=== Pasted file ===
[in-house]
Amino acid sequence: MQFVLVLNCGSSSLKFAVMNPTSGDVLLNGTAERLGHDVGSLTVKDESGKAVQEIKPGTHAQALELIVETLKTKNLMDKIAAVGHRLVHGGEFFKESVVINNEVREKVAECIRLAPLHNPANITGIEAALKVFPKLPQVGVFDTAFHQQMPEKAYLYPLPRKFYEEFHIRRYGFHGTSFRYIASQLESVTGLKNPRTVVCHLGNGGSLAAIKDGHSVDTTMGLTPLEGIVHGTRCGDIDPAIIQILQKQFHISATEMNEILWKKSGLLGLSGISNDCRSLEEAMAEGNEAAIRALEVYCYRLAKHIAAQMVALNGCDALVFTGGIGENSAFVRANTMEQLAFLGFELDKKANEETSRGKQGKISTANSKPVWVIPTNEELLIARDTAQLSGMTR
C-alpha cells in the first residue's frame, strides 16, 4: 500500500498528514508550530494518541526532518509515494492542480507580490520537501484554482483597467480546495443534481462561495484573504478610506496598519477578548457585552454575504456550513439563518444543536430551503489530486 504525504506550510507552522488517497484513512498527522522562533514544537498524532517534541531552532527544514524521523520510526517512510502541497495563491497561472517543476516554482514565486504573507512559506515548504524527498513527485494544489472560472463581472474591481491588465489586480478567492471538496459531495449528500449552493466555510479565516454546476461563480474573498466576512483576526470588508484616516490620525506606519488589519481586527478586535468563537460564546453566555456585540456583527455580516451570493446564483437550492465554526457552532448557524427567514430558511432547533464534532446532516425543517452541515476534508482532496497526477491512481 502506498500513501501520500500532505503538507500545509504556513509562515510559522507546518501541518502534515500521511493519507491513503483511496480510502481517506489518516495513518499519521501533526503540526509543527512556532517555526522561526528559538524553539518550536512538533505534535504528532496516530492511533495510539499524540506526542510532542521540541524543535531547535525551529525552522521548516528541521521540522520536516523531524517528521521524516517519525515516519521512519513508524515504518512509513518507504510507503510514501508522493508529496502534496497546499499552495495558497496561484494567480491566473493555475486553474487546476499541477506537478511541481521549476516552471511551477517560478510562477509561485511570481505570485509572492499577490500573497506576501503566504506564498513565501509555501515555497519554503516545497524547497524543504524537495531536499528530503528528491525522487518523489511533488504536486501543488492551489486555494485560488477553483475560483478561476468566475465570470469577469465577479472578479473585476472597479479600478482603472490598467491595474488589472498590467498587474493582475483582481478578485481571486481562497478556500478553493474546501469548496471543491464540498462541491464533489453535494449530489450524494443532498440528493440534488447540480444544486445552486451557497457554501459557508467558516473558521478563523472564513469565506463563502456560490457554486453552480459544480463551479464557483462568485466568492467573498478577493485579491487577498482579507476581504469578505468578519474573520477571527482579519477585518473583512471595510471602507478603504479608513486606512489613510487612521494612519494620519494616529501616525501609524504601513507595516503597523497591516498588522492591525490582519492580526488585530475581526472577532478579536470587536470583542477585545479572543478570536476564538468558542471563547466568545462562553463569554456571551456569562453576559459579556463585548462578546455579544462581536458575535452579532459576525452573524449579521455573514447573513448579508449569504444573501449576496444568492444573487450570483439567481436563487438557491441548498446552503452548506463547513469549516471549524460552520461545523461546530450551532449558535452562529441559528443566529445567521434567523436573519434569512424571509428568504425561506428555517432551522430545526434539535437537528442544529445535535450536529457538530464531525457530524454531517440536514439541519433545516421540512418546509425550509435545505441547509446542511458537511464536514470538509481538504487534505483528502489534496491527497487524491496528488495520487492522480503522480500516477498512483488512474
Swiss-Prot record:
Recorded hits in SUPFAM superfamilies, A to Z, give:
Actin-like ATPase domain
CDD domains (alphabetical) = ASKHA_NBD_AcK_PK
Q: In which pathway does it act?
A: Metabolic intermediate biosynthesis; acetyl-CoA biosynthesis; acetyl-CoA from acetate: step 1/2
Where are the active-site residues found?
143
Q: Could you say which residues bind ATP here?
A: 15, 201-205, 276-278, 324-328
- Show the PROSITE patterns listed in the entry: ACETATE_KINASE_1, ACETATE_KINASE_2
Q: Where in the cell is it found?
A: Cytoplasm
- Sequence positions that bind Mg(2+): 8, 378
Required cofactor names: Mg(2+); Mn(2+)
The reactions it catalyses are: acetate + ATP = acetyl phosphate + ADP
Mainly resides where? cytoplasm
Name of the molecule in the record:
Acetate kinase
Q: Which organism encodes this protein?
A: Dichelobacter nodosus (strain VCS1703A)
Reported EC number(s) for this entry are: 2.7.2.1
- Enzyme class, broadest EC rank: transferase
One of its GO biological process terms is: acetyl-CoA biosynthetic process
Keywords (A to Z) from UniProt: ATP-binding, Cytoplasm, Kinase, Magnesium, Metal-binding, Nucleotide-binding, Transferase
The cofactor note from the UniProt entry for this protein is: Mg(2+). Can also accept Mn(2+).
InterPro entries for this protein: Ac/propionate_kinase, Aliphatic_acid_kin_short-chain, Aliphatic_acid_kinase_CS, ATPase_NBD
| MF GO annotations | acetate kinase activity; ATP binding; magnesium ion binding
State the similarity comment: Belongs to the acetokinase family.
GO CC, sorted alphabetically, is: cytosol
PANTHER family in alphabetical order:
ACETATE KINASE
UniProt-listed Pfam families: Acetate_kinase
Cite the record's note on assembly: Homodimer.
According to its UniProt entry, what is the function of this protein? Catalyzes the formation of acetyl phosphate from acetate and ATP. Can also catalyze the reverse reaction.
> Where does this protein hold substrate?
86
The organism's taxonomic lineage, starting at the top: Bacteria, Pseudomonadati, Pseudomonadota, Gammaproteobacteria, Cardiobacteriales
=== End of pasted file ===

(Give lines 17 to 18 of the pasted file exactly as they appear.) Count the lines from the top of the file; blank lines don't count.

- Sequence positions that bind Mg(2+): 8, 378
Required cofactor names: Mg(2+); Mn(2+)